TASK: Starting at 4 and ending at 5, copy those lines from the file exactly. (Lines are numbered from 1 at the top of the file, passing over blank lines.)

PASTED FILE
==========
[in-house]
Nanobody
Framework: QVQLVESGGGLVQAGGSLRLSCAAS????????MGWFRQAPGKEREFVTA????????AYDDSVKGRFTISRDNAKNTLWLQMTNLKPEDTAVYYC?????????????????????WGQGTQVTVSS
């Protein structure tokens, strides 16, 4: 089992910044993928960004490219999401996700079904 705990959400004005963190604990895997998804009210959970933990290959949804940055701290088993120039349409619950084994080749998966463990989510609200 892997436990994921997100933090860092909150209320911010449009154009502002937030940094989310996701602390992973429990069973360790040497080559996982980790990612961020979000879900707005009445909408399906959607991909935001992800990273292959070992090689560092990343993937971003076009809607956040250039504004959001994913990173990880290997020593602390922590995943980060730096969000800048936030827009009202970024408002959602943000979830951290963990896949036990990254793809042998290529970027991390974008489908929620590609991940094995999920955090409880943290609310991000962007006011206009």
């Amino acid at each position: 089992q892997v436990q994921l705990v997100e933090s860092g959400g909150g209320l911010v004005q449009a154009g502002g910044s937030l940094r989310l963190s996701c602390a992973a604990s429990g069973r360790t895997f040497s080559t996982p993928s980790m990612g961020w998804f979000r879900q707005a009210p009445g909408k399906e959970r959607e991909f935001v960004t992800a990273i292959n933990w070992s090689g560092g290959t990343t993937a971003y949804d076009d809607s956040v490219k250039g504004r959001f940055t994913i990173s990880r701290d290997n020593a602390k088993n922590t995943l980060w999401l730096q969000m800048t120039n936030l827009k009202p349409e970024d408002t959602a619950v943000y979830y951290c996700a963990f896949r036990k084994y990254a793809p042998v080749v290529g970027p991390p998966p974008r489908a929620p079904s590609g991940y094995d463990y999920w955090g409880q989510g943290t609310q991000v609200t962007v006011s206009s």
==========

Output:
């Protein structure tokens, strides 16, 4: 089992910044993928960004490219999401996700079904 705990959400004005963190604990895997998804009210959970933990290959949804940055701290088993120039349409619950084994080749998966463990989510609200 892997436990994921997100933090860092909150209320911010449009154009502002937030940094989310996701602390992973429990069973360790040497080559996982980790990612961020979000879900707005009445909408399906959607991909935001992800990273292959070992090689560092990343993937971003076009809607956040250039504004959001994913990173990880290997020593602390922590995943980060730096969000800048936030827009009202970024408002959602943000979830951290963990896949036990990254793809042998290529970027991390974008489908929620590609991940094995999920955090409880943290609310991000962007006011206009």
């Amino acid at each position: 089992q892997v436990q994921l705990v997100e933090s860092g959400g909150g209320l911010v004005q449009a154009g502002g910044s937030l940094r989310l963190s996701c602390a992973a604990s429990g069973r360790t895997f040497s080559t996982p993928s980790m990612g961020w998804f979000r879900q707005a009210p009445g909408k399906e959970r959607e991909f935001v960004t992800a990273i292959n933990w070992s090689g560092g290959t990343t993937a971003y949804d076009d809607s956040v490219k250039g504004r959001f940055t994913i990173s990880r701290d290997n020593a602390k088993n922590t995943l980060w999401l730096q969000m800048t120039n936030l827009k009202p349409e970024d408002t959602a619950v943000y979830y951290c996700a963990f896949r036990k084994y990254a793809p042998v080749v290529g970027p991390p998966p974008r489908a929620p079904s590609g991940y094995d463990y999920w955090g409880q989510g943290t609310q991000v609200t962007v006011s206009s």